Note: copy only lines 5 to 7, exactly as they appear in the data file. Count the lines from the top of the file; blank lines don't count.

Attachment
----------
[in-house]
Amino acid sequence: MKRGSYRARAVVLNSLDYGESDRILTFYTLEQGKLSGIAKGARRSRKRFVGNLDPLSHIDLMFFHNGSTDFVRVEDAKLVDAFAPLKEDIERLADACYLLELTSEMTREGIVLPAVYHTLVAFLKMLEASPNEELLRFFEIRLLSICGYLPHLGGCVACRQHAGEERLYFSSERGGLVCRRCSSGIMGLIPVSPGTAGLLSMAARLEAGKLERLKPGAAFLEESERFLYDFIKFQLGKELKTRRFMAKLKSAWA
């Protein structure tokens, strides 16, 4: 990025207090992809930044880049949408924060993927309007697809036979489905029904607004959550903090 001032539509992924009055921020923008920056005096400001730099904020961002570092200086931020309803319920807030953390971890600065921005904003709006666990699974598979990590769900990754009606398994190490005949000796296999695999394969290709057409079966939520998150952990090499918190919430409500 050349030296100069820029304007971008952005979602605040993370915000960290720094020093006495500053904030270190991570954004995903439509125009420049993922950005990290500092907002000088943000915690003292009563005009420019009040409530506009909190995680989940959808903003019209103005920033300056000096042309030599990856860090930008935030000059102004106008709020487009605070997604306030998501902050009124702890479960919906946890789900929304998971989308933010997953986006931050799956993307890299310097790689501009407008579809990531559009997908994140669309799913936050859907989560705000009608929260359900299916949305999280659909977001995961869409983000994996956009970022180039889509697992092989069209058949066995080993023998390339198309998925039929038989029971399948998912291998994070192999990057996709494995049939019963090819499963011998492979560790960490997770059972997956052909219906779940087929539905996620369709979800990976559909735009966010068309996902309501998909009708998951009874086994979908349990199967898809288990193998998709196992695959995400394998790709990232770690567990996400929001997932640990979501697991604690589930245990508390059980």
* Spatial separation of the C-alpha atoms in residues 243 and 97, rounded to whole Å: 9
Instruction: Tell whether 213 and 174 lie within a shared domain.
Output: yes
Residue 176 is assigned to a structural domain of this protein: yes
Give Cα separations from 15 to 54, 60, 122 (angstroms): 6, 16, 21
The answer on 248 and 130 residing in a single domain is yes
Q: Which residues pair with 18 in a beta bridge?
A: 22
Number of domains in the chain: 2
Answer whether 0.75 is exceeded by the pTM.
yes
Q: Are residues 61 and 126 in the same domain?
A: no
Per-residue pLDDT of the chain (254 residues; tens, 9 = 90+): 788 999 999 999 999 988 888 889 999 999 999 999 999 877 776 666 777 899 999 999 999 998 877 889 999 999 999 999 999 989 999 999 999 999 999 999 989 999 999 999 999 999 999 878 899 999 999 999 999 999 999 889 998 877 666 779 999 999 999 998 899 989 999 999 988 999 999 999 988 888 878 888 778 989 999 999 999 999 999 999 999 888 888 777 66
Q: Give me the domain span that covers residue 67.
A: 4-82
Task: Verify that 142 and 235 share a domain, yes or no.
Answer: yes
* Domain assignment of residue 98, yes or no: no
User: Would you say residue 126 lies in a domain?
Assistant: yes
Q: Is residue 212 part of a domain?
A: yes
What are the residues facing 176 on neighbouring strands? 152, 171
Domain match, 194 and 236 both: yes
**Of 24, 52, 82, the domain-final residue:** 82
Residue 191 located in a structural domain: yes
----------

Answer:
Instruction: Tell whether 213 and 174 lie within a shared domain.
Output: yes
Residue 176 is assigned to a structural domain of this protein: yes